PROMOTED VIDEO
News
ebooksAn evocation of the conflict through the eyes of those who lived through it
News
Tim Vine has won the funniest joke award at the Edinburgh Festival 2014
peopleTim Vine, winner of the Funniest Joke of the Fringe award, has nigh-on 200 in his act. So how are they conceived?
News
people
Life and Style
techApp to start sending headlines, TV clips and ads to your phone
Arts and Entertainment
Taylor Swift crawls through the legs of twerking dancers in her 'Shake It Off' music video
musicEarl Sweatshirt thinks so
Life and Style
tech
Latest stories from i100
Have you tried new the Independent Digital Edition apps?
Independent Dating
and  

By clicking 'Search' you
are agreeing to our
Terms of Use.

iJobs Job Widget
iJobs Money & Business

Planning Manager (Training, Learning and Development) - London

£35000 - £38000 per annum + benefits: Ashdown Group: A highly successful, glob...

Asset Finance Solicitor

Highly Competitive Salary: Austen Lloyd: CITY - ASSET FINANCE - An outstanding...

HR Analyst - Banking - Bristol - £350-£400

£350 - £400 per day: Orgtel: HR Analyst - Banking - Bristol - £350 - £400 per ...

Techincal Accountant-Insurance-Bank-£550/day

£475 - £550 per day + competitive: Orgtel: Senior Technical Accountant-Insuran...

Day In a Page

Ferguson: In the heartlands of America, a descent into madness

A descent into madness in America's heartlands

David Usborne arrived in Ferguson, Missouri to be greeted by a scene more redolent of Gaza and Afghanistan
BBC’s filming of raid at Sir Cliff’s home ‘may be result of corruption’

BBC faces corruption allegation over its Sir Cliff police raid coverage

Reporter’s relationship with police under scrutiny as DG is summoned by MPs to explain extensive live broadcast of swoop on singer’s home
Lauded therapist Harley Mille still in limbo as battle to stay in Britain drags on

Lauded therapist still in limbo as battle to stay in Britain drags on

Australian Harley Miller is as frustrated by court delays as she is with the idiosyncrasies of immigration law
Lewis Fry Richardson's weather forecasts changed the world. But could his predictions of war do the same?

Lewis Fry Richardson's weather forecasts changed the world...

But could his predictions of war do the same?
Kate Bush asks fans not to take photos at her London gigs: 'I want to have contact with the audience, not iPhones'

'I want to have contact with the audience, not iPhones'

Kate Bush asks fans not to take photos at her London gigs
Under-35s have rated gardening in their top five favourite leisure activities, but why?

Young at hort

Under-35s have rated gardening in their top five favourite leisure activities. But why are so many people are swapping sweaty clubs for leafy shrubs?
Tim Vine, winner of the Funniest Joke of the Fringe award: 'making a quip as funny as possible is an art'

Beyond a joke

Tim Vine, winner of the Funniest Joke of the Fringe award, has nigh-on 200 in his act. So how are they conceived?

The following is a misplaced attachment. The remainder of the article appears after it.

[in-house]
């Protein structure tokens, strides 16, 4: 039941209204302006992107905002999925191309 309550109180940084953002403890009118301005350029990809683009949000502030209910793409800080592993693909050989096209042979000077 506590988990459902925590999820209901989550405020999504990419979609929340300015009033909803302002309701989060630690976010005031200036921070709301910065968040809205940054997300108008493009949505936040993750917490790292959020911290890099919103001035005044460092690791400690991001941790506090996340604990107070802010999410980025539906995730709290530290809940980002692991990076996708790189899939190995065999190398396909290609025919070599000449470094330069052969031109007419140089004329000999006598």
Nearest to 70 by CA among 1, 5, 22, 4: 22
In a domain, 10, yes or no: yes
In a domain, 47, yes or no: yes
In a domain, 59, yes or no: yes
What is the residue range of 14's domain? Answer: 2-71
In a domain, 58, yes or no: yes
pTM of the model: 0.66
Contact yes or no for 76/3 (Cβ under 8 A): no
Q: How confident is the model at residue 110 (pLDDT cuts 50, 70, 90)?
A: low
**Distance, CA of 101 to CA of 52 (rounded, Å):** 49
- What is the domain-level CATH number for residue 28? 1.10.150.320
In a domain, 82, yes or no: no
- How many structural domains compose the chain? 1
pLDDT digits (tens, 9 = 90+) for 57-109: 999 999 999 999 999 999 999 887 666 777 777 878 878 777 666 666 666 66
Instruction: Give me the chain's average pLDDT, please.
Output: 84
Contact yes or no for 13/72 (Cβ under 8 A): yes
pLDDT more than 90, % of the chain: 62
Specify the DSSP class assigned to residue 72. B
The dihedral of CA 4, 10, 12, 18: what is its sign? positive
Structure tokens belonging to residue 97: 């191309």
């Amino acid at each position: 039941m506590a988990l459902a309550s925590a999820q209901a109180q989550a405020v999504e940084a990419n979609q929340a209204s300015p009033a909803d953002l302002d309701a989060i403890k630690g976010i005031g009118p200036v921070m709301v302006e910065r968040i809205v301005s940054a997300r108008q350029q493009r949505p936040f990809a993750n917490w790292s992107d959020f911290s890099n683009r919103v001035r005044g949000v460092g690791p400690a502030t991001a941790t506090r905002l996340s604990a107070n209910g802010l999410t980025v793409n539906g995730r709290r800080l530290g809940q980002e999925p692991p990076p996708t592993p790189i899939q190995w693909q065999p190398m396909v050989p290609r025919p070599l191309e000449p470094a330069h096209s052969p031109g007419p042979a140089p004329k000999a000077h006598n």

The late Peter O'Toole shines in 'Katherine of Alexandria' despite illness

The late Peter O'Toole shines in 'Katherine of Alexandria' despite illness

Sadly though, the Lawrence of Arabia star is not around to lend his own critique
Wicken Fen in Cambridgeshire: The joy of camping in a wetland nature reserve and sleeping under the stars

A wild night out

Wicken Fen in Cambridgeshire offers a rare chance to camp in a wetland nature reserve
Comic Sans for Cancer exhibition: It’s the font that’s openly ridiculed for its jaunty style, but figures of fun have their fans

Comic Sans for Cancer exhibition

It’s the font that’s openly ridiculed for its jaunty style, but figures of fun have their fans
Besiktas vs Arsenal: Five things we learnt from the Champions League first-leg tie

Besiktas vs Arsenal

Five things we learnt from the Champions League first-leg tie
Rory McIlroy a smash hit on the US talk show circuit

Rory McIlroy a smash hit on the US talk show circuit

As the Northern Irishman prepares for the Barclays, he finds time to appear on TV in the States, where he’s now such a global superstar that he needs no introduction
Boy racer Max Verstappen stays relaxed over step up to Formula One

Boy racer Max Verstappen stays relaxed over step up to F1

The 16-year-old will become the sport’s youngest-ever driver when he makes his debut for Toro Rosso next season
Fear brings the enemies of Isis together at last

Fear brings the enemies of Isis together at last

But belated attempts to unite will be to no avail if the Sunni caliphate remains strong in Syria, says Patrick Cockburn
Charlie Gilmour: 'I wondered if I would end up killing myself in jail'

Charlie Gilmour: 'I wondered if I'd end up killing myself in jail'

Following last week's report on prison suicides, the former inmate asks how much progress we have made in the 50 years since the abolition of capital punishment